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Hoffmann, R. A wiki for the life sciences where authorship matters. Nature Genetics (2008)

Voltage-dependent inhibition of RCK1 K+ channels by phenol, p-cresol, and benzyl alcohol.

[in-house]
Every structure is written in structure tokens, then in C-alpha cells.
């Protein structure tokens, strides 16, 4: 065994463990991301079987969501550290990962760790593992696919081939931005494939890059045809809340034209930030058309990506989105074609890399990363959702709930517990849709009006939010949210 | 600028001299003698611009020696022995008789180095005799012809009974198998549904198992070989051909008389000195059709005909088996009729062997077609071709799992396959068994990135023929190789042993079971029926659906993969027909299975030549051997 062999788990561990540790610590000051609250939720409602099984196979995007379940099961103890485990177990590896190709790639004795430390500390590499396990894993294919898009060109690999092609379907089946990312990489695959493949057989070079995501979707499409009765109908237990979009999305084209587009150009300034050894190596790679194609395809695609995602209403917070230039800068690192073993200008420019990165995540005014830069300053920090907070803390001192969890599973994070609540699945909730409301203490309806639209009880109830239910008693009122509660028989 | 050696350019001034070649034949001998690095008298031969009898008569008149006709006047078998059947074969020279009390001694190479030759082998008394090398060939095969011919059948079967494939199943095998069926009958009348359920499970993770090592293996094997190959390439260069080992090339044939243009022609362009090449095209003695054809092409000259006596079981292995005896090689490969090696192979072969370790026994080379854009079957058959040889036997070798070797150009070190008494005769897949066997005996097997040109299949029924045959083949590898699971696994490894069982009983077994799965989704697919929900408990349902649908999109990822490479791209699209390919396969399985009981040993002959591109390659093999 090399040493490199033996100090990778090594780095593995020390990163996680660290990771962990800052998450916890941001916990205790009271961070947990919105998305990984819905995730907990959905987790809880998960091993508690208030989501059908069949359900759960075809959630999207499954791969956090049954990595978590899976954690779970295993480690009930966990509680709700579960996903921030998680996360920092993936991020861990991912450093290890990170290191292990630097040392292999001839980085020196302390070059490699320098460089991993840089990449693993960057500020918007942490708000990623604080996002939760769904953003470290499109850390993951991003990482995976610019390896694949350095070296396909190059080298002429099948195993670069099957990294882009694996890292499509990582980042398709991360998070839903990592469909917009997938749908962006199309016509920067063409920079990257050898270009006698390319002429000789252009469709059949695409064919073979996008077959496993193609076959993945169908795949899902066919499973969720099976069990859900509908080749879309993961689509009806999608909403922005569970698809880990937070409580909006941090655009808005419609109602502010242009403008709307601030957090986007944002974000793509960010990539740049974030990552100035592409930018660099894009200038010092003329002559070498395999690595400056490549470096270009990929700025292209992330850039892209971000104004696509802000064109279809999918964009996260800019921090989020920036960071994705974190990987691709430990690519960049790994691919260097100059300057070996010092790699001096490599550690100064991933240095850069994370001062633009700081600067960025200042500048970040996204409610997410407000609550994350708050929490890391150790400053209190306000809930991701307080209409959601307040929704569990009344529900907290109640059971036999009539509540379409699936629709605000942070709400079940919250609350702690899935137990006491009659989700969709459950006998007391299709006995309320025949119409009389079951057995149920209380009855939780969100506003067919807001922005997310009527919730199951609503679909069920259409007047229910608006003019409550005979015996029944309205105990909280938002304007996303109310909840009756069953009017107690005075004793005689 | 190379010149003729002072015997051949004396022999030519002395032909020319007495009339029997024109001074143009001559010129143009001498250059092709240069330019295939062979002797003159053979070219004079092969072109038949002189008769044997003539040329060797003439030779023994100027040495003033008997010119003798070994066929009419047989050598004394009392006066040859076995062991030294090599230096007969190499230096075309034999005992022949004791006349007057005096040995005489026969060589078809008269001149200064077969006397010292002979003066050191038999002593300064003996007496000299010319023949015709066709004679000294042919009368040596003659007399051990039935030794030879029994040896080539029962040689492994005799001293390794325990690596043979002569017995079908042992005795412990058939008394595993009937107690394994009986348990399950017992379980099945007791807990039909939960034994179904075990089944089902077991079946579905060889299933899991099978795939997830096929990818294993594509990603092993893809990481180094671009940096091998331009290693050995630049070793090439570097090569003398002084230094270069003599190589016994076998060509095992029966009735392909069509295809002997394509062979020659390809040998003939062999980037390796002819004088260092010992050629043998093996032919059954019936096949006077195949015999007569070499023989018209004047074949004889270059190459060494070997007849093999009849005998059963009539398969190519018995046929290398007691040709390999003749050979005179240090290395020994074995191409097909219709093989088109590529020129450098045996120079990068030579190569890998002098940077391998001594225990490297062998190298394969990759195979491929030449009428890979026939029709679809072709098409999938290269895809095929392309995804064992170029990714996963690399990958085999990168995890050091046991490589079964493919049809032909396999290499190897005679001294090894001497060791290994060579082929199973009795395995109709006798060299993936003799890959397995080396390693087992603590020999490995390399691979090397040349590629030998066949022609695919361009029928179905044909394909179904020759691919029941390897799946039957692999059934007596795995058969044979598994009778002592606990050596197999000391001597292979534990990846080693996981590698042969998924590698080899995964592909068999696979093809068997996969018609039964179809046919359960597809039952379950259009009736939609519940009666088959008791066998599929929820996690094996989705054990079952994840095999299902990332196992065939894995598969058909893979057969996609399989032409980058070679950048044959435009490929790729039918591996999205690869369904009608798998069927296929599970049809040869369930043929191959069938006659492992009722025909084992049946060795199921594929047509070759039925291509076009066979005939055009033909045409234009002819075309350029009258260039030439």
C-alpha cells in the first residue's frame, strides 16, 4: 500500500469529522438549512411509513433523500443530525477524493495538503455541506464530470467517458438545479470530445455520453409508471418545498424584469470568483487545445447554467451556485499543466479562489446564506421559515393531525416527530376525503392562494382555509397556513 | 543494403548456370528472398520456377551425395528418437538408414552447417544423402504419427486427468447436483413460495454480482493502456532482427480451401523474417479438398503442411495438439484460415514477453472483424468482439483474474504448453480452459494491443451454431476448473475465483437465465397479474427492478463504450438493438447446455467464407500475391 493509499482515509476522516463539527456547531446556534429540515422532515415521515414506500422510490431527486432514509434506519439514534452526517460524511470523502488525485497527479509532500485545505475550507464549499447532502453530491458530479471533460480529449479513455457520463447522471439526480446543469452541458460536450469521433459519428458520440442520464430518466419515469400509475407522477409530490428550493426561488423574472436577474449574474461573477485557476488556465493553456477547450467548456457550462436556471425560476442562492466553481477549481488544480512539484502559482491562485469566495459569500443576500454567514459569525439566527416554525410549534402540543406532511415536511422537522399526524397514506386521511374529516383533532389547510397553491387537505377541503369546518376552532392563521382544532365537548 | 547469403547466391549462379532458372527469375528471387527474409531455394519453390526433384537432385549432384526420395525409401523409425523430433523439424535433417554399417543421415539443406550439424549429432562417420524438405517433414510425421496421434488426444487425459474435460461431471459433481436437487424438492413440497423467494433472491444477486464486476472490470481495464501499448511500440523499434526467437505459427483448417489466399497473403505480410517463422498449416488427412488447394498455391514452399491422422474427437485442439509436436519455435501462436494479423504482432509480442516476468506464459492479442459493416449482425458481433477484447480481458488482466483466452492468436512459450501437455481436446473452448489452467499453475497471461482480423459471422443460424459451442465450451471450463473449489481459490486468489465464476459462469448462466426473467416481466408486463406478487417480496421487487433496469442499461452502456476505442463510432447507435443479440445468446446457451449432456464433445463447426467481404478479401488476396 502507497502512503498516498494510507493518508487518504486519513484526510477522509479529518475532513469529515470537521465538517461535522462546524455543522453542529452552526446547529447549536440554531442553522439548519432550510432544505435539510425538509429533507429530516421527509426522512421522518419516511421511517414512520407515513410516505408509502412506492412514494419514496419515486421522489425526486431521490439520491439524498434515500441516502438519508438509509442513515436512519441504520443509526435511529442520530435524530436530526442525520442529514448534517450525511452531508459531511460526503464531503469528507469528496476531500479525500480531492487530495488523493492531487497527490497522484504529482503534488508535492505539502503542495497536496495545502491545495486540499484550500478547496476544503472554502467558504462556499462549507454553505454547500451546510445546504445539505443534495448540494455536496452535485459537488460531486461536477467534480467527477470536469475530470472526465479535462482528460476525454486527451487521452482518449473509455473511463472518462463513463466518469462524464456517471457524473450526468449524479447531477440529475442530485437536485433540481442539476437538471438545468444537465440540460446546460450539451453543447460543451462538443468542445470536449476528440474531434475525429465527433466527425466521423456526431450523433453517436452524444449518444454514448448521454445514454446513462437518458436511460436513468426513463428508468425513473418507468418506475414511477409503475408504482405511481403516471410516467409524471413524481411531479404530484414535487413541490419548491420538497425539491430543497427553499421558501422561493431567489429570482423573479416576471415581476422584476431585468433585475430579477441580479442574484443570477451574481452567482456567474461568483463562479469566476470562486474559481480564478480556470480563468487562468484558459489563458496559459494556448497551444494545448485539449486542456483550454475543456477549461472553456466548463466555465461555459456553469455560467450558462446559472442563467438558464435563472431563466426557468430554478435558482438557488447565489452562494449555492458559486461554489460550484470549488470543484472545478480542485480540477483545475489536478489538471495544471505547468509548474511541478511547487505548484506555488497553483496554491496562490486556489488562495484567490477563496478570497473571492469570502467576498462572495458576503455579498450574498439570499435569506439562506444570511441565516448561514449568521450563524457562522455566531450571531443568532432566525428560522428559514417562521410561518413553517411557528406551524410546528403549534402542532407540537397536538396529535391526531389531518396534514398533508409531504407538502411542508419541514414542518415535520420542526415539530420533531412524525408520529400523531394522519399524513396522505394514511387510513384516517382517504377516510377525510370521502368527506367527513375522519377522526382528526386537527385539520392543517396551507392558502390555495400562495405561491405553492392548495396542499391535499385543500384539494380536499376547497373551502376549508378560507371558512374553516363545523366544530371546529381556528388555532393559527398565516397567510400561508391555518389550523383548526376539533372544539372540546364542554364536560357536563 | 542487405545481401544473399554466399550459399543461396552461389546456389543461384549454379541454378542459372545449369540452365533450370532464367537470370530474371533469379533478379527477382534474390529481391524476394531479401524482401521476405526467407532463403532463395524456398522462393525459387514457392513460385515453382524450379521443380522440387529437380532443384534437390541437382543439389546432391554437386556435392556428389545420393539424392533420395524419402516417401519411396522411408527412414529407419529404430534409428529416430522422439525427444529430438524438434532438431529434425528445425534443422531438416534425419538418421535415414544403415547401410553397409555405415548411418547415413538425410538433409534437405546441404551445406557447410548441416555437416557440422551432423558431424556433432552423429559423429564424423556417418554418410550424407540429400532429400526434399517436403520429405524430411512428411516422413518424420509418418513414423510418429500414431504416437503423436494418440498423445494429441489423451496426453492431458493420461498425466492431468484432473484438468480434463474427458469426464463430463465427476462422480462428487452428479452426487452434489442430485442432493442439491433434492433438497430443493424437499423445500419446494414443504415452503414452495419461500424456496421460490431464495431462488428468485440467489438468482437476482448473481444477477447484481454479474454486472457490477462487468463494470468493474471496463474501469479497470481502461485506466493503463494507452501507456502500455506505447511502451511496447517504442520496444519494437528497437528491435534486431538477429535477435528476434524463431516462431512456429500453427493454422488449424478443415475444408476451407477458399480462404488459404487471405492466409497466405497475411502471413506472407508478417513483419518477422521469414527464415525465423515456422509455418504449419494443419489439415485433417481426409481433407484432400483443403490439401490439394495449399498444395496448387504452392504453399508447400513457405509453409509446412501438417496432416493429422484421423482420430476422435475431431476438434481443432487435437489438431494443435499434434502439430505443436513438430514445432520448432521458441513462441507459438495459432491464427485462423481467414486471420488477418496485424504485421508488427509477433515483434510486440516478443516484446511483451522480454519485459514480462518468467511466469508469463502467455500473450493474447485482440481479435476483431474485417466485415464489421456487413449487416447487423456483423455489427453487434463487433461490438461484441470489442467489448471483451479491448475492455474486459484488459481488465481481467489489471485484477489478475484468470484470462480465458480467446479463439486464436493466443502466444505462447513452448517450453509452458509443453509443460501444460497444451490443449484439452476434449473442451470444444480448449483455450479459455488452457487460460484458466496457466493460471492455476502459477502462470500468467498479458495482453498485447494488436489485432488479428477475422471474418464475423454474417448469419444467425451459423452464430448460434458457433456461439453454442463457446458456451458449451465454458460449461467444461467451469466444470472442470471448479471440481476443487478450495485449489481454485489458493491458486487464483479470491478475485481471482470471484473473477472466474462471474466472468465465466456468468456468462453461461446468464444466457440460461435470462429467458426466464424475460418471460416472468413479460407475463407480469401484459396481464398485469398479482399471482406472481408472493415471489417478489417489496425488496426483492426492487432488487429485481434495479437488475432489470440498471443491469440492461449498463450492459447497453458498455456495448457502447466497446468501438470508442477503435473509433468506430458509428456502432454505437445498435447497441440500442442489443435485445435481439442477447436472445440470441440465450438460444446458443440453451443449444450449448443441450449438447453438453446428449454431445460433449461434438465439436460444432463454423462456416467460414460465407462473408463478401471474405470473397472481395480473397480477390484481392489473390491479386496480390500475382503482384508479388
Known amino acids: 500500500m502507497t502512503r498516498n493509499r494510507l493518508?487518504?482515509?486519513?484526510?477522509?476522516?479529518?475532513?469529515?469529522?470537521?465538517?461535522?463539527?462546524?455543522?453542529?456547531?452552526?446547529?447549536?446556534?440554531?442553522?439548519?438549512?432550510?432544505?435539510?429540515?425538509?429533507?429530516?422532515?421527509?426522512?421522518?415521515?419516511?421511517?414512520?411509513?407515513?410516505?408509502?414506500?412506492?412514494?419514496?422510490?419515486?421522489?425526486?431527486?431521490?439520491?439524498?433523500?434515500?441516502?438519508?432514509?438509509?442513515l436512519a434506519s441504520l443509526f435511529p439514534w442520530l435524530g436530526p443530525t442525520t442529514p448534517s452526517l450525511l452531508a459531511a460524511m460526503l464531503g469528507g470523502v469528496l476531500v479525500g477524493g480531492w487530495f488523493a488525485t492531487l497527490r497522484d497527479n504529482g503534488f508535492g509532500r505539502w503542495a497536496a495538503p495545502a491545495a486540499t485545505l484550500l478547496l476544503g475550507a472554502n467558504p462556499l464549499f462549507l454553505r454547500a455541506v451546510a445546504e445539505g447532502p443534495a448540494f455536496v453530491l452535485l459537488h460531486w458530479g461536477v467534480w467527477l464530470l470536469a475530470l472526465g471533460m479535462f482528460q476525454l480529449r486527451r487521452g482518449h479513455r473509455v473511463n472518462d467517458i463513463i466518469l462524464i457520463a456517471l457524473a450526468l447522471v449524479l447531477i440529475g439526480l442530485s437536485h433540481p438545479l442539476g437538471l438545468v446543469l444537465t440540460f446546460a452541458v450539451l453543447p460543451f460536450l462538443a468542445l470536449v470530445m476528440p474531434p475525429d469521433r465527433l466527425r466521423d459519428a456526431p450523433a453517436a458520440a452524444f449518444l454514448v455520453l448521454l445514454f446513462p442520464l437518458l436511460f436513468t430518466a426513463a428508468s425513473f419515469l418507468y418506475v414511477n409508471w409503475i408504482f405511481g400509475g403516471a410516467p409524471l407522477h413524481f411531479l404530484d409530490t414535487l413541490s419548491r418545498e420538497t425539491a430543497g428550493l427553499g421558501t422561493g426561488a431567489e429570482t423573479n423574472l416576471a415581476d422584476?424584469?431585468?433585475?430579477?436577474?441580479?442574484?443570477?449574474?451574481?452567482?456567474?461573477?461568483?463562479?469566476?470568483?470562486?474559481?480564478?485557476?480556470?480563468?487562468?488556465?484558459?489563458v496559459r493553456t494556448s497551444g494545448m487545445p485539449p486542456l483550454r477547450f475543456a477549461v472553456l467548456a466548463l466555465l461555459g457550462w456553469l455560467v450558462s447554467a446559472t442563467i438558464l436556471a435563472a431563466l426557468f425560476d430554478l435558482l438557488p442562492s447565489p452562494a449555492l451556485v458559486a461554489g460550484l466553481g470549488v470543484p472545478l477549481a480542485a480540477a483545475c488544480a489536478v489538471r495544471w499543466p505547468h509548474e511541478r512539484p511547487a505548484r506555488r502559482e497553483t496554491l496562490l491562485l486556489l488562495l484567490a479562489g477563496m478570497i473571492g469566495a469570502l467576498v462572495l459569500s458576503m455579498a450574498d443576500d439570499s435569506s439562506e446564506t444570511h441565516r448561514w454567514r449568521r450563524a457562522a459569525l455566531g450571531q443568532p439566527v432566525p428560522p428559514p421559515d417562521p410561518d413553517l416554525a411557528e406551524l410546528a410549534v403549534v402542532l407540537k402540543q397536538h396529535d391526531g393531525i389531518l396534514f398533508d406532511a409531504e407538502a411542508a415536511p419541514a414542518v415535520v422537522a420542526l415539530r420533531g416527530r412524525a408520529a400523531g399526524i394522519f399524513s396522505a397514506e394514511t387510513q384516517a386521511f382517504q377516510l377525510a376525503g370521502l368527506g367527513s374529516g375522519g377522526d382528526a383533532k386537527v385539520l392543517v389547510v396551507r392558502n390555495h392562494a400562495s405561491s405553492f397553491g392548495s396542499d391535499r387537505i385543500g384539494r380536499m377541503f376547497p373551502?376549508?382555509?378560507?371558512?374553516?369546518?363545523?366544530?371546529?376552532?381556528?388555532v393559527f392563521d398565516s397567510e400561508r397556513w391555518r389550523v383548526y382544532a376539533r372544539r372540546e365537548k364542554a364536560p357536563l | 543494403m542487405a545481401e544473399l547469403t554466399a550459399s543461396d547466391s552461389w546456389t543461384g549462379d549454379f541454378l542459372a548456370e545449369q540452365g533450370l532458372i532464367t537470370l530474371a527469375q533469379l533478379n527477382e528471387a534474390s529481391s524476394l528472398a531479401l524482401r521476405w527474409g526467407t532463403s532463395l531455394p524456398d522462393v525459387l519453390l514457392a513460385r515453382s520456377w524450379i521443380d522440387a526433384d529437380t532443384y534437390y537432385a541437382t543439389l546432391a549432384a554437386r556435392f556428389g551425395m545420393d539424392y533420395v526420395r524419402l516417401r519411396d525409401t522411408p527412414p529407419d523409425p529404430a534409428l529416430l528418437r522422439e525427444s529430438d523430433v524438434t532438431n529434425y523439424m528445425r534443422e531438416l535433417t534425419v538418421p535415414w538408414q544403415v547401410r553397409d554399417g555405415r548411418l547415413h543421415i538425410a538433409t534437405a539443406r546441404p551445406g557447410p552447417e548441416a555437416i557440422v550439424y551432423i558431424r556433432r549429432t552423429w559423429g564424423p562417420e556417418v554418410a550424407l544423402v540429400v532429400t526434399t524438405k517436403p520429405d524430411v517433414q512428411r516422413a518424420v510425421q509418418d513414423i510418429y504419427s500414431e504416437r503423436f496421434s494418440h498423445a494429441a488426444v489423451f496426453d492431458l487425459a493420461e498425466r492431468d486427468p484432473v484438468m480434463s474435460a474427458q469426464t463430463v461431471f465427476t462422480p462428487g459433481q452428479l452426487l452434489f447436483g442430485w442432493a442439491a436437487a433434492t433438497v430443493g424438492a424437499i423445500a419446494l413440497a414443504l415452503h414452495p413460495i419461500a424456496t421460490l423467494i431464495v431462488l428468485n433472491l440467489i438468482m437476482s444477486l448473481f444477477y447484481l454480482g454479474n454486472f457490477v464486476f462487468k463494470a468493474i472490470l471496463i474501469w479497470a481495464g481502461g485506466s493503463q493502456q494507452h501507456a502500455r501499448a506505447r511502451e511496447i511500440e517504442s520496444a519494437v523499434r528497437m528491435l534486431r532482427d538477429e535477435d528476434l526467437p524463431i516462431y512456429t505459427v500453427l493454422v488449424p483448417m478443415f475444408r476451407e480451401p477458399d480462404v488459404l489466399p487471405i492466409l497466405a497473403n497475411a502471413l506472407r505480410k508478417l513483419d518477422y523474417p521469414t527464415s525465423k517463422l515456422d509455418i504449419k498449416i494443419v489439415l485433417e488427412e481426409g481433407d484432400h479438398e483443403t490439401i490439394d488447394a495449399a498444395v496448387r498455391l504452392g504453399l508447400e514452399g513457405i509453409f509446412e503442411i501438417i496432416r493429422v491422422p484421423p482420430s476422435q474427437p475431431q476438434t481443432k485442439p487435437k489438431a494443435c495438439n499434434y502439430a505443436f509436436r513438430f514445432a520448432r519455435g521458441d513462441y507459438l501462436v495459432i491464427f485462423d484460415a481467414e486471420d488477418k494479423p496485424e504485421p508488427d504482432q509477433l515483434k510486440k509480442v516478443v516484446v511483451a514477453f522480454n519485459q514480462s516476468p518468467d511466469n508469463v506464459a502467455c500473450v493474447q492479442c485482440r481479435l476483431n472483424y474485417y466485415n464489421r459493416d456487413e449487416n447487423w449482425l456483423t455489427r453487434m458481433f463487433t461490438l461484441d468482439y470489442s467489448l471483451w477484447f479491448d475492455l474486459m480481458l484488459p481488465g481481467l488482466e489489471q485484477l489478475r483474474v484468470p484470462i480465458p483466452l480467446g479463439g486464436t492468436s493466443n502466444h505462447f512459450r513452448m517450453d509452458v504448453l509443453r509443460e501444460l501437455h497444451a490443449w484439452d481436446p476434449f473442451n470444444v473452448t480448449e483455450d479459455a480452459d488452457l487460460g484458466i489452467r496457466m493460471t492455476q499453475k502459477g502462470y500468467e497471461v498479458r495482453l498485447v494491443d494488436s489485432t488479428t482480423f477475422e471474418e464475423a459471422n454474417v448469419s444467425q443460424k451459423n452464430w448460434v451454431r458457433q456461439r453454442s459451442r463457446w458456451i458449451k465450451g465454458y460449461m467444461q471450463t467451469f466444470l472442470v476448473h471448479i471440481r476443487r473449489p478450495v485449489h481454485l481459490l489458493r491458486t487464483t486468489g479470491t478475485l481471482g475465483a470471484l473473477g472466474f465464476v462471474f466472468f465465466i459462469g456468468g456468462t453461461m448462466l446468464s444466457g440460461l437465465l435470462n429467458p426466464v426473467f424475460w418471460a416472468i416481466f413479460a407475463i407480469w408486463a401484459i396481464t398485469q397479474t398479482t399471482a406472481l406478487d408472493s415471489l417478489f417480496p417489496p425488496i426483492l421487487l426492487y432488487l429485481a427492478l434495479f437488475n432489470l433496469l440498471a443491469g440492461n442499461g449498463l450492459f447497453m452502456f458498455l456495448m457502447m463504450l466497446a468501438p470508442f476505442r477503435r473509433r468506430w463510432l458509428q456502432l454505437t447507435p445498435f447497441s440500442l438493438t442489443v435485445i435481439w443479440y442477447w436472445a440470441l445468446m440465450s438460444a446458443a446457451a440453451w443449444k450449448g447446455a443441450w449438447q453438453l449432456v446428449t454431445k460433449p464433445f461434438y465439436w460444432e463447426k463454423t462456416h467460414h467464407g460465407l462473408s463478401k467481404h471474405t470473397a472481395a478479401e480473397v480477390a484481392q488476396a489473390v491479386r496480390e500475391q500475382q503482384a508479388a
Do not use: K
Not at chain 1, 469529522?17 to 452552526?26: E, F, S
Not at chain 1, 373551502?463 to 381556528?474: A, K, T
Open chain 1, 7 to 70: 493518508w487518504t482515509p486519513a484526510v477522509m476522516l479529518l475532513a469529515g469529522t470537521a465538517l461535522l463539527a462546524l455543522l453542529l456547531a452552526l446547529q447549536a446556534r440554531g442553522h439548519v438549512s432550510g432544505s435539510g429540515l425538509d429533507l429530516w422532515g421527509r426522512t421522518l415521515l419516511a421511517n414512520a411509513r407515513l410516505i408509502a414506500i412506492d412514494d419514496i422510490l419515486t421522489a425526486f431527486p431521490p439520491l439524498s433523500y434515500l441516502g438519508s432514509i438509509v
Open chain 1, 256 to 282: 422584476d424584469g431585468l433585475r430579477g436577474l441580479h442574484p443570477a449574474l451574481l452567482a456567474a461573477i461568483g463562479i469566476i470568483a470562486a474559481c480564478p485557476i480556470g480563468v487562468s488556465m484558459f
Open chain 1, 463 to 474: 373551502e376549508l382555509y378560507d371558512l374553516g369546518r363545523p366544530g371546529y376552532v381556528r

Phenol has various medical applications but can cause convulsions and cardiac arrhythmia suggestive of K+ channel block. We examined phenol inhibition of the delayed-rectifier RCK1 (Kv1.1) K+ channel cloned from rat brain and expressed in Xenopus laevis oocytes. Phenol (2.5 mM) caused a 43 +/- 5 mV depolarizing shift in the RCK1 half-activation voltage (Vg) but only a 10 +/- 3% decrease in the peak conductance at 80 mV. The 10-90% rise time was slightly increased, but this was not simply the result of the activation shift. By contrast, deactivation kinetics at -40 mV were greatly accelerated. The importance of the phenolic hydroxyl group was assessed by comparing the effects of p-cresol (a phenol) and its structural isomer benzyl alcohol (an aryl alcohol). p-Cresol (1.5 mM) produced a 53 +/- 2 mV depolarizing shift in Vg, but benzyl alcohol was much less effective--20 mM caused a depolarizing shift of only 23 +/- 1 mV. Both isomers also accelerated channel deactivation. Phenol and p-cresol are better hydrogen bond donors than acceptors, whereas benzyl alcohol is a better acceptor than donor. A hydrogen bond between the phenolic hydroxyl and a presently unknown acceptor group may therefore underlie some aspects of K+ channel inhibition. Depolarizing shifts in Vg and accelerated tail kinetics are consistent with 1) preferential phenol binding to resting channels, causing the shift in Vg, and 2) a conducting phenol-bound open state with faster deactivation kinetics than the unbound open state.[1]


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